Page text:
In the meantime, here are the writers who are participating, in one teeny link. Check them out — truly, these are all passionate authors who are giving their souls on a platter… Blog Hop Author Roll.

Thanks for stopping by. Happy Independence Day, too!

Oodles of goodness

Catching up here at blog-central with some announcements and news and previews and hints at future nonsense…

1) The Doris Diaries is doing beautifully. So beautifully that we won two awards in the past week. In the past day, actually. Yesterday, Monday, May 6, I got news from two separate book contests that I’ve Got Some Lovin’ to Do did very well. Not quite the winner, but close. Which is better than the proverbial poke in the eye, no? The San Francisco Book Festival gave IGSLTD an honorable mention in Biography! And I also received this email: “Your book has been named a Finalist in the Memoir category of the 2013 Next Generation Indie Book Awards.” 

2. So far so good! I also had a fantabulous review of IGSLTD posted yesterday by a San Francisco writer on the Broadway Books web site: BWW Reviews: “Party Lines and Party Dresses: A Look at New Work from Julia Park Tracey.” 

3. But that wasn’t enough. My article in Alameda Magazine also just hit the stands, a feature on the Altarena Playhouse, which is just celebrating 75 years of theatrical hooha.

4. What next? IDK… How about the (re)release of Tongues of Angels in a matter of days? Like, Friday? How about that? You’ll see that there’s a giveaway on GoodReads right now through end of the month, and if you click on the link, you can enter for a free copy of TOA. You can order this through your local book store or you can click online and buy it there. Whatever works best for you. The ebook will not be up for another six weeks (it takes longer to format than print, if you can believe that one). I’ll announce that when it’s ready.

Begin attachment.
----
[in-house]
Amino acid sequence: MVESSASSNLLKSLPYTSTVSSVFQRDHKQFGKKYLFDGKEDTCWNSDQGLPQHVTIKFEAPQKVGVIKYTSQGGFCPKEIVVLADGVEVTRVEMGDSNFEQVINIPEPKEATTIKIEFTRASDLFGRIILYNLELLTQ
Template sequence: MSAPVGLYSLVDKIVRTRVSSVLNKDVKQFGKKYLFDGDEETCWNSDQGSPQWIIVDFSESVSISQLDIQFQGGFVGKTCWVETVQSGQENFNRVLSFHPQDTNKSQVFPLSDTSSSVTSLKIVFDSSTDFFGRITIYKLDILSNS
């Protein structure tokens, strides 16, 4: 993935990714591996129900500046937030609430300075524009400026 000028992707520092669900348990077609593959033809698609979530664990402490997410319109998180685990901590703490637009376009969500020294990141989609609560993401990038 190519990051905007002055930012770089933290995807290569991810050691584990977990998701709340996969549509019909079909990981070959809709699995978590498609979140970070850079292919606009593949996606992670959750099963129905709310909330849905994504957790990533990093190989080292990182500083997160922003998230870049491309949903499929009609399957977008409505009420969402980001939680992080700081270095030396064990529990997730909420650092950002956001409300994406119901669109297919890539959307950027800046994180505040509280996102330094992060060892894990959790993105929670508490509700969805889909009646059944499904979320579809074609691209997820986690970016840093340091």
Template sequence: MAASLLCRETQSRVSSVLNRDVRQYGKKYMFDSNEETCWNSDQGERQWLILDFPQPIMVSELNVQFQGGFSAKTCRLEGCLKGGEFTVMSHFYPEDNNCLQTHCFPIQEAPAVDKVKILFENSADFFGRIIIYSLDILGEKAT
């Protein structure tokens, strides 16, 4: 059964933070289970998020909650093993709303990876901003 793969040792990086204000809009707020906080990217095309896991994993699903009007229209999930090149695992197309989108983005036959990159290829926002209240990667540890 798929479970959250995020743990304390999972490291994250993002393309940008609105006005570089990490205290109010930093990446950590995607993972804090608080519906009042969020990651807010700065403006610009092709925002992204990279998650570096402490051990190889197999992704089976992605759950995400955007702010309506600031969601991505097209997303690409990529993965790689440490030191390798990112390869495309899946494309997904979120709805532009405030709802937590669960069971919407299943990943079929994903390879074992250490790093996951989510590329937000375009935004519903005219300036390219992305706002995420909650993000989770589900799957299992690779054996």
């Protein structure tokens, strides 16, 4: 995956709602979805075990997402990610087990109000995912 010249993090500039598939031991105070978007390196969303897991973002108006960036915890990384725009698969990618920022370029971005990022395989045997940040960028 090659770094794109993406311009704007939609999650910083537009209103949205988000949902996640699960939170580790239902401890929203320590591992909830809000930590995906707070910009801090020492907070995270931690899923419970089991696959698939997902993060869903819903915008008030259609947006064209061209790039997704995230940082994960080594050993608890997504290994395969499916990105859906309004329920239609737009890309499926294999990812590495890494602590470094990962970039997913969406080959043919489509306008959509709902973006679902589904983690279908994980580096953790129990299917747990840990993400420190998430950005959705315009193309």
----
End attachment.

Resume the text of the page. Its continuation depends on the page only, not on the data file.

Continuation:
There will be an online party, what we call a virtual release party, on Facebook, and I’m also planning a brick-and-mortar, 3D, HD, real-time, face-time party. Otherwise known as a party. The theme? Tarts & Vicars, of course. If you are in the San Francisco Bay Area, you are welcome to attend. Photos will be posted.

That’s what’s new. Exciting times, my friends. Glad to be here.

xx

me





Earth Day authordom: Becca Lawton and the rivers of Utah

Longtime Modern Muse readers know I’m kind of a green freak (kind of? Well, I pretty much bleed green. Creepy!). I have been working with a number of stellar authors lately in a women’s publishing consortium called Indie-Visible, and one of the authors is even greener than I am. Which is pretty hard to believe. Anyhoo, I interviewed her to learn more about her book and her passion for rivers, and am posting the results of that conversation here, for your reading pleasure.

And btw, Becca’s book, Junction, Utah, is one of the best books I’ve read this year. Not preachy at all, it gives an insider’s view of man vs nature, aka oil vs eco, in the pristine river valleys of Utah. Becca is a longtime river guide and a geologist as well; her science and eco background give the book urgency and authenticity. But the story – wow. An Iraq veteran with PTSD, a soft-spoken river guide, the true love of horses and the hay farmers of the valley, the smell of the river and the sound of the wind – these all come to life in Junction, Utah. Truly a beautiful story, with a message that is powerfully contemporary. I read this on my Kindle, and may have to buy a paperback to get her to sign it when the print version comes out. How does one get a Kindle signed, anyway?